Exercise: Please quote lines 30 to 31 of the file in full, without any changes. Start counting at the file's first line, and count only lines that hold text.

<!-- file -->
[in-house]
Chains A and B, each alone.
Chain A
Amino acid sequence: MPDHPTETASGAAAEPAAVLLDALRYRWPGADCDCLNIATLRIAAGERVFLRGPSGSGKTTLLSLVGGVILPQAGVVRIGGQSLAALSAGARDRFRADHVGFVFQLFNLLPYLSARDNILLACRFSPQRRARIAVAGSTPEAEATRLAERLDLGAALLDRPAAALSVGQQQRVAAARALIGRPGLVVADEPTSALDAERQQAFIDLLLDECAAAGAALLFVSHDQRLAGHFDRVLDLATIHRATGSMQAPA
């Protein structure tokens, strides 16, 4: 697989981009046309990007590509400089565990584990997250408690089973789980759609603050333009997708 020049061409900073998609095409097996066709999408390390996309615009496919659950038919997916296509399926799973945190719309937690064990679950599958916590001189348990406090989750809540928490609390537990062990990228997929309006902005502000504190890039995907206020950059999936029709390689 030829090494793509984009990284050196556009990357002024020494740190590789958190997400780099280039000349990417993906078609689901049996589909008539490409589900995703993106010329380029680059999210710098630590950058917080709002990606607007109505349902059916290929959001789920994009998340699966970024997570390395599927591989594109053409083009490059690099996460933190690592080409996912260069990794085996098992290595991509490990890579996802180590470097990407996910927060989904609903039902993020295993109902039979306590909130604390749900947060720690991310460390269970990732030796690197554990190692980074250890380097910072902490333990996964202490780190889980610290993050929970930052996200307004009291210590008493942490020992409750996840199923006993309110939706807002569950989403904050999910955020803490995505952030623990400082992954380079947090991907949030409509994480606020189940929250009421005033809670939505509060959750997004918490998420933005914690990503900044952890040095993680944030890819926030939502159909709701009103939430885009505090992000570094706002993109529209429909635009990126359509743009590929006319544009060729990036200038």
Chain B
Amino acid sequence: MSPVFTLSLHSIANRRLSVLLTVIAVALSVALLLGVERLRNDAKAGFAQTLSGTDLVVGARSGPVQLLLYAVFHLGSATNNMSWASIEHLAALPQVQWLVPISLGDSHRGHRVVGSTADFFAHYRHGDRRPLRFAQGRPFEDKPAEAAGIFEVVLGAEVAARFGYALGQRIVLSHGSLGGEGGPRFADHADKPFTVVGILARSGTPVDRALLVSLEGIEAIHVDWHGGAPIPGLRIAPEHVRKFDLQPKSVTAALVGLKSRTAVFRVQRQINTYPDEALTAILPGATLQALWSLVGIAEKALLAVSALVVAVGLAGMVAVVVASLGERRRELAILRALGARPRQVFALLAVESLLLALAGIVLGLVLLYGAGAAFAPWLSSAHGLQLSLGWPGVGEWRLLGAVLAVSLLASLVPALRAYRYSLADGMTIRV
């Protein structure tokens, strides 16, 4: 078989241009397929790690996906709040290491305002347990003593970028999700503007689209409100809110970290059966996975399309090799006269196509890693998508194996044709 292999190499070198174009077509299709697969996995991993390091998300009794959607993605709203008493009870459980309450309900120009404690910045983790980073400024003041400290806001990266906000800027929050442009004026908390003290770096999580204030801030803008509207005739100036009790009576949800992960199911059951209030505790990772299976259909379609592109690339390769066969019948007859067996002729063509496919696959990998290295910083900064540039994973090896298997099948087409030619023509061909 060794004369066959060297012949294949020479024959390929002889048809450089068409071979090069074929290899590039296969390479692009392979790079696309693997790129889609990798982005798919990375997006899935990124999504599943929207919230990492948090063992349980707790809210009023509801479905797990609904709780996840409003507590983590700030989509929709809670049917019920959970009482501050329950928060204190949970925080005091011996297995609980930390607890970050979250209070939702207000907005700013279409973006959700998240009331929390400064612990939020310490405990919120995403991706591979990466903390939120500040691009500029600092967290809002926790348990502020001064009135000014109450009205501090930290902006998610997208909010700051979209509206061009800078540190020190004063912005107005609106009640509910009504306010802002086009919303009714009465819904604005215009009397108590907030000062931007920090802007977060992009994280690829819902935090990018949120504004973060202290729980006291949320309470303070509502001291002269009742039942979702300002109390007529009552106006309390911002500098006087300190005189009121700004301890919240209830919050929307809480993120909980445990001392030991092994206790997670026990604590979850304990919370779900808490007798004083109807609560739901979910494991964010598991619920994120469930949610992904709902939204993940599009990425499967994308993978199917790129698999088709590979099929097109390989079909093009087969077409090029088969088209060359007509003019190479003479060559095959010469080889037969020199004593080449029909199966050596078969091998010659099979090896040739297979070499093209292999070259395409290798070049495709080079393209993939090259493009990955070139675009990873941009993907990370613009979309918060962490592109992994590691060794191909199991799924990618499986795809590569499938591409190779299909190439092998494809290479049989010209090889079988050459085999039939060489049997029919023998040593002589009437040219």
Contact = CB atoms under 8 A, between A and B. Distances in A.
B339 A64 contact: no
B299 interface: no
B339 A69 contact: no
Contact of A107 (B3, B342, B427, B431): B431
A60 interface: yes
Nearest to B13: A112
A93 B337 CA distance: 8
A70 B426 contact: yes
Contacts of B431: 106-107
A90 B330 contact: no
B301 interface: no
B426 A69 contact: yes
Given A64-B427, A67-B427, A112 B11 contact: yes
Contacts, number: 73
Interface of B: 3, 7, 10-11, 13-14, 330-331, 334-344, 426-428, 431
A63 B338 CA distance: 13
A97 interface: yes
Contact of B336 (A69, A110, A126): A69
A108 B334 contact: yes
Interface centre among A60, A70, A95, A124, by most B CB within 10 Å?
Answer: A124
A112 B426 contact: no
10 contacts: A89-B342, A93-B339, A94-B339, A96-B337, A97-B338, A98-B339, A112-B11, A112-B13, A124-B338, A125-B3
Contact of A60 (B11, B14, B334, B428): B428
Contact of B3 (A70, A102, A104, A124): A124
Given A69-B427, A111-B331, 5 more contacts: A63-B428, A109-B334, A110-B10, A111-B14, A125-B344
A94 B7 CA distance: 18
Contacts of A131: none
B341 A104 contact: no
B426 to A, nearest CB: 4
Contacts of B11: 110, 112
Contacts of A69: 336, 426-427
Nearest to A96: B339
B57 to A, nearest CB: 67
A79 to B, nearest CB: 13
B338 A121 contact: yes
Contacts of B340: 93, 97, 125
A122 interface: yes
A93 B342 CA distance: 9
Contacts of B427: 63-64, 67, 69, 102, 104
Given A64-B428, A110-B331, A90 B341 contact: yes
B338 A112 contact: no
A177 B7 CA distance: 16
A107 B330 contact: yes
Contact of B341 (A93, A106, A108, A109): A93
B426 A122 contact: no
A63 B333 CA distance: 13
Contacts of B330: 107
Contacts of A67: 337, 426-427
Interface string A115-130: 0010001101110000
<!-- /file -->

Answer: A124
A112 B426 contact: no